Which brings us to the latest black eye: charges that a BP unit manipulated propane prices in February 2004 to drive up prices and score a quick $20 million profit. According to a lawsuit filed in a Chicago federal court by the U.S. Commodity Futures Trading Commission, BP traders tried to corner the market for propane �with the knowledge, advice and consent of senior management.� This wasn�t the first time BP has been accused of price fixing. In 2003, the company paid a $2.5 million penalty to the New York Mercantile Exchange to settle charges of improper crude-oil trading (the firm didn�t admit or deny wrongdoing). BP has since fired some employees involved in the alleged propane scheme, though it maintains that �market manipulation did not occur,� and has vowed to fight the charges in court. Prevailing in the case could prove tough, however, since a former BP trader has pled guilty and is cooperating with prosecutors.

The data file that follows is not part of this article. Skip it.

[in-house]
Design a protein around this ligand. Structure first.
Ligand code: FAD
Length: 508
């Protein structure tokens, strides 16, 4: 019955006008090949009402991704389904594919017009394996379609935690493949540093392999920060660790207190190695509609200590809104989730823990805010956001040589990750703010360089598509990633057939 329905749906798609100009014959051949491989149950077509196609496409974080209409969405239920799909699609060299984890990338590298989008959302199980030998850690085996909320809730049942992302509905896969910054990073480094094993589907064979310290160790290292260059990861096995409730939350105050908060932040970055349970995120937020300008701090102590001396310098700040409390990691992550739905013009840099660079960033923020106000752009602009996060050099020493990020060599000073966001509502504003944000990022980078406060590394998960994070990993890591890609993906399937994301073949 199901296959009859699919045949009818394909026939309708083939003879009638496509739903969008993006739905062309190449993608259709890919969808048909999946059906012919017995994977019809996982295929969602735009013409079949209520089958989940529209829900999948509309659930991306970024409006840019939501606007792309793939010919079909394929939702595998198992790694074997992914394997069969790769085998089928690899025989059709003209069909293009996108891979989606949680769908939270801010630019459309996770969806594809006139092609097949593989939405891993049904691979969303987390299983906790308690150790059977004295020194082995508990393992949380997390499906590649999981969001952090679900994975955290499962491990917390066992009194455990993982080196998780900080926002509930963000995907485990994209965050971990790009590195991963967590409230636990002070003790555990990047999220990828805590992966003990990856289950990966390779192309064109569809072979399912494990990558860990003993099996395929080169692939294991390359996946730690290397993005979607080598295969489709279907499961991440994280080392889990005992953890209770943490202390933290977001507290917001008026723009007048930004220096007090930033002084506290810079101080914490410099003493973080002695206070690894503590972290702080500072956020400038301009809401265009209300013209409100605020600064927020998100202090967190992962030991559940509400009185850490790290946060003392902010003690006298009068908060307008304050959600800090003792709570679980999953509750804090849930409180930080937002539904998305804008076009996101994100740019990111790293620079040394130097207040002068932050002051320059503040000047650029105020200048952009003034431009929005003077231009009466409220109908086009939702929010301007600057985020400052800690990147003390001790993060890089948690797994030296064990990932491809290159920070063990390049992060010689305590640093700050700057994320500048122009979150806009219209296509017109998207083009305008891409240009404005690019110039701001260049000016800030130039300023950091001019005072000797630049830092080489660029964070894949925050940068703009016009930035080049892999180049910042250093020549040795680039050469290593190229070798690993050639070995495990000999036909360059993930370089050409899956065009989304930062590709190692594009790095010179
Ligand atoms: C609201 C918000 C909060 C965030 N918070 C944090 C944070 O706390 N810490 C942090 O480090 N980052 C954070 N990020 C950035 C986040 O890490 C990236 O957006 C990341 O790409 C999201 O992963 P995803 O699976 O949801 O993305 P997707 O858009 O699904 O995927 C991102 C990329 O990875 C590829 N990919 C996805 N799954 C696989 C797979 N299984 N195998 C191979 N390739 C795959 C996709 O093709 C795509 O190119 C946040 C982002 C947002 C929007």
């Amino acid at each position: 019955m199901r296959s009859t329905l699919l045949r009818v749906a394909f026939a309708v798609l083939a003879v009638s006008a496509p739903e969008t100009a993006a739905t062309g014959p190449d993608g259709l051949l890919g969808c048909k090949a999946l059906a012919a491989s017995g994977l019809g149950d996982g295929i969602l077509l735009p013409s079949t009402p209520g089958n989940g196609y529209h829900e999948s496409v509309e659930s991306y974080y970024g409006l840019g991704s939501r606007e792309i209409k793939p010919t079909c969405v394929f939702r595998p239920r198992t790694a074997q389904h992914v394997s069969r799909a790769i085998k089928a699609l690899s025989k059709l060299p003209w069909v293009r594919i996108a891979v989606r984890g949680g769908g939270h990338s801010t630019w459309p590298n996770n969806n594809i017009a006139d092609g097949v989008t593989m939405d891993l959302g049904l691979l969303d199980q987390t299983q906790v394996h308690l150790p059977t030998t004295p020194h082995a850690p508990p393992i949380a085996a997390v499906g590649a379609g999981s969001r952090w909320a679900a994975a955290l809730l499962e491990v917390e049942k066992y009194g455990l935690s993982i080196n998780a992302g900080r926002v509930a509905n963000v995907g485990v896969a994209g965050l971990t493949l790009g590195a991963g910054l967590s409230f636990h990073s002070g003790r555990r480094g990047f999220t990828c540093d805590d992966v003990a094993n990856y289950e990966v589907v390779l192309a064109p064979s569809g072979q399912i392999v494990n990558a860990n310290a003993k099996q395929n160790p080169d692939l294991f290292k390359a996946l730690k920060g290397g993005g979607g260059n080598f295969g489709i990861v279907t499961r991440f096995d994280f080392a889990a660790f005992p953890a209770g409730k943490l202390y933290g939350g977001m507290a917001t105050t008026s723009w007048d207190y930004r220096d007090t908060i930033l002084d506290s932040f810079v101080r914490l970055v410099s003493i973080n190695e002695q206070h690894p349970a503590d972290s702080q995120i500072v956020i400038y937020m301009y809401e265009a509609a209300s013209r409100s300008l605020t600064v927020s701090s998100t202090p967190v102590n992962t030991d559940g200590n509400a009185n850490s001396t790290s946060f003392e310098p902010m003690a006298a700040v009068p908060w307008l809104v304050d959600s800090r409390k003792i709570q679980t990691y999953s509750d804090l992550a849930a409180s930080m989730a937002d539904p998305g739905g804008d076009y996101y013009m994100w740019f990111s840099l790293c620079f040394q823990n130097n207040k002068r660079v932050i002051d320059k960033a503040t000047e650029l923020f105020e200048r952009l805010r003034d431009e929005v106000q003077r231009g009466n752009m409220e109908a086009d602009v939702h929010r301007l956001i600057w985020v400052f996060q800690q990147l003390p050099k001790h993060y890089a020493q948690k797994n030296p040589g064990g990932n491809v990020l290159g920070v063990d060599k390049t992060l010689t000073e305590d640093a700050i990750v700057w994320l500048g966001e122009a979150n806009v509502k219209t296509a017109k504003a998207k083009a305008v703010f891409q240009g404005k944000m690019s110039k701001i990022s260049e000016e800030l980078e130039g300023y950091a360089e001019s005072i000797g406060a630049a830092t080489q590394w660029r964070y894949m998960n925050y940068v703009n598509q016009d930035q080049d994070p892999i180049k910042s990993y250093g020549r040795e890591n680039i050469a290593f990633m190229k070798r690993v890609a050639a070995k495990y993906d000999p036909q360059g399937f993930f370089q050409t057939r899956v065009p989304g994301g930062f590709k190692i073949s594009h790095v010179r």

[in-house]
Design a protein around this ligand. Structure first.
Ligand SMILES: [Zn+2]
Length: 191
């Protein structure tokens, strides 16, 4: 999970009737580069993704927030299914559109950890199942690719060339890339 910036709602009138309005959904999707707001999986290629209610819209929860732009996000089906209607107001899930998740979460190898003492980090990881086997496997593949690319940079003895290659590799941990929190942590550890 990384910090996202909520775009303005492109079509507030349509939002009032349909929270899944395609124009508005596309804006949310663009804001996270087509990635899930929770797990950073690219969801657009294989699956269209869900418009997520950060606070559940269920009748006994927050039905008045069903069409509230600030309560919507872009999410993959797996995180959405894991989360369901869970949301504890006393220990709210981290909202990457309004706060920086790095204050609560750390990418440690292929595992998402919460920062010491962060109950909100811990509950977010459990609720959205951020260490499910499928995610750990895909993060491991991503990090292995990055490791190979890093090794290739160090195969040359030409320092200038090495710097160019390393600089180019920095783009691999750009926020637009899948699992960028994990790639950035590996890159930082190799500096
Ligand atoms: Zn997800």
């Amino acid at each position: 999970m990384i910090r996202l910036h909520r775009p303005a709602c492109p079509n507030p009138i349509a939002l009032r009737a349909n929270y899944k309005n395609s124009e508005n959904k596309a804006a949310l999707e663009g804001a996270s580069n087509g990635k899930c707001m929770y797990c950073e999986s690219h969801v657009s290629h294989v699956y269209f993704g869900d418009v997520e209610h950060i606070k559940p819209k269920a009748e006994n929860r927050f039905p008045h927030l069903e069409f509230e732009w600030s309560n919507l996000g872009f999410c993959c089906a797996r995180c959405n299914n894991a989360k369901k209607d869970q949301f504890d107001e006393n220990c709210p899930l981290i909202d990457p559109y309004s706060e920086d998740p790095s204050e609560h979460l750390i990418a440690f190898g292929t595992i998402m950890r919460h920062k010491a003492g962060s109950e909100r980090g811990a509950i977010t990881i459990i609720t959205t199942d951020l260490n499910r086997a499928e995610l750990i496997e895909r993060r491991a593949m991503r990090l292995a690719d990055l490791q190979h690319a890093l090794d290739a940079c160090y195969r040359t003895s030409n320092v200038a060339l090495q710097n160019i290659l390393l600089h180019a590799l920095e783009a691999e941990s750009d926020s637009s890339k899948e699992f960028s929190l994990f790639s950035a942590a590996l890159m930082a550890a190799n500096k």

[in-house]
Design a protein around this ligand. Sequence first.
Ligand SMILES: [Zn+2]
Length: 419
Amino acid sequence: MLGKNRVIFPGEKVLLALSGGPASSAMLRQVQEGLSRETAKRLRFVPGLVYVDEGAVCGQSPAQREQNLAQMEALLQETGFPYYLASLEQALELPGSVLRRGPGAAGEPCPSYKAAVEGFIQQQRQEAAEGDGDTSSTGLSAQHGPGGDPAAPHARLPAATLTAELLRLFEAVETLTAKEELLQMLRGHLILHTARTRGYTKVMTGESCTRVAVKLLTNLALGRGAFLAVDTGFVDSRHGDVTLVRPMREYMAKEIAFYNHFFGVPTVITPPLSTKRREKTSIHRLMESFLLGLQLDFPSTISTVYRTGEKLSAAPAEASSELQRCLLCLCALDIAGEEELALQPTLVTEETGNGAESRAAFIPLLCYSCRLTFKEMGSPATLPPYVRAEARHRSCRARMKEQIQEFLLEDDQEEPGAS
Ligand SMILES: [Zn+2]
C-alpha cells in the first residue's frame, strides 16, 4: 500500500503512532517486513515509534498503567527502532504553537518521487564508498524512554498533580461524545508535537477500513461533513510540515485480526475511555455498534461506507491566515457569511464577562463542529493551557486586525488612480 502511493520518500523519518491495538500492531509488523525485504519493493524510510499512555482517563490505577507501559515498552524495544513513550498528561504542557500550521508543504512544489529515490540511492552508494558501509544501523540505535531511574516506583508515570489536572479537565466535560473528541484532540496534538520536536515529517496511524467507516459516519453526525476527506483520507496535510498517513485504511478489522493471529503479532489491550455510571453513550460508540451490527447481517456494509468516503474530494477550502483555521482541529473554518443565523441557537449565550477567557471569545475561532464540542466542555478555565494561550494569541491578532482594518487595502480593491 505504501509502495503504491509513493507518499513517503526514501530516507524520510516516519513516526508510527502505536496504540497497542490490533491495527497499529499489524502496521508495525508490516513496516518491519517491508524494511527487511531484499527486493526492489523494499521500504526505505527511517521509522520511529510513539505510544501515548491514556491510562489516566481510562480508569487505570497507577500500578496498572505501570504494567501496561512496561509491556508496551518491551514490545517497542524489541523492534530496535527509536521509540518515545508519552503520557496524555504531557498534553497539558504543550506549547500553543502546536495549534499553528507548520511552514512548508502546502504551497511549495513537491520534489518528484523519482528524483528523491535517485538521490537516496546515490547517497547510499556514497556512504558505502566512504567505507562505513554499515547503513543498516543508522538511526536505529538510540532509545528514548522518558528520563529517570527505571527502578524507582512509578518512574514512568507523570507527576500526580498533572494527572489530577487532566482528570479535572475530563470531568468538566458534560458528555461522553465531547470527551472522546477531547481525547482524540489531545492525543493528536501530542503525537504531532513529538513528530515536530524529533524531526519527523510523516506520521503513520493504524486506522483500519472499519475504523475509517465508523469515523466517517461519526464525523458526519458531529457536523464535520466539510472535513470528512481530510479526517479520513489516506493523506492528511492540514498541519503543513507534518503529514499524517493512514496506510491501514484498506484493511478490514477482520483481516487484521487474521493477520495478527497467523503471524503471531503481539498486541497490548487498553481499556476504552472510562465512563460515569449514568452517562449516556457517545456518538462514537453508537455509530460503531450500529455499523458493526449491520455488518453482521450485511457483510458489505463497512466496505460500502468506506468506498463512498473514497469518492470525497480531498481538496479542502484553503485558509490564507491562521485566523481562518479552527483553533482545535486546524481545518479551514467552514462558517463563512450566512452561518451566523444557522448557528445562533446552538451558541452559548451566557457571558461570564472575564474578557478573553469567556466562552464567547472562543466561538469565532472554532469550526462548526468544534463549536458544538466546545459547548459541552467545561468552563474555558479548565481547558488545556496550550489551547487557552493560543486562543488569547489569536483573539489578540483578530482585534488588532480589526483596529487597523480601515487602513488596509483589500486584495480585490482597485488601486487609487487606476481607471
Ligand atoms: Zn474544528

It's never a good time, of course, to be accused of price-fixing. But BP can especially not afford it now. Every month of record gas prices brings more pressure on Congress to impose a windfall tax on oil companies. BP�s chief executive, Lord John Browne, made a relatively modest $8.24 million last year, but his counterpart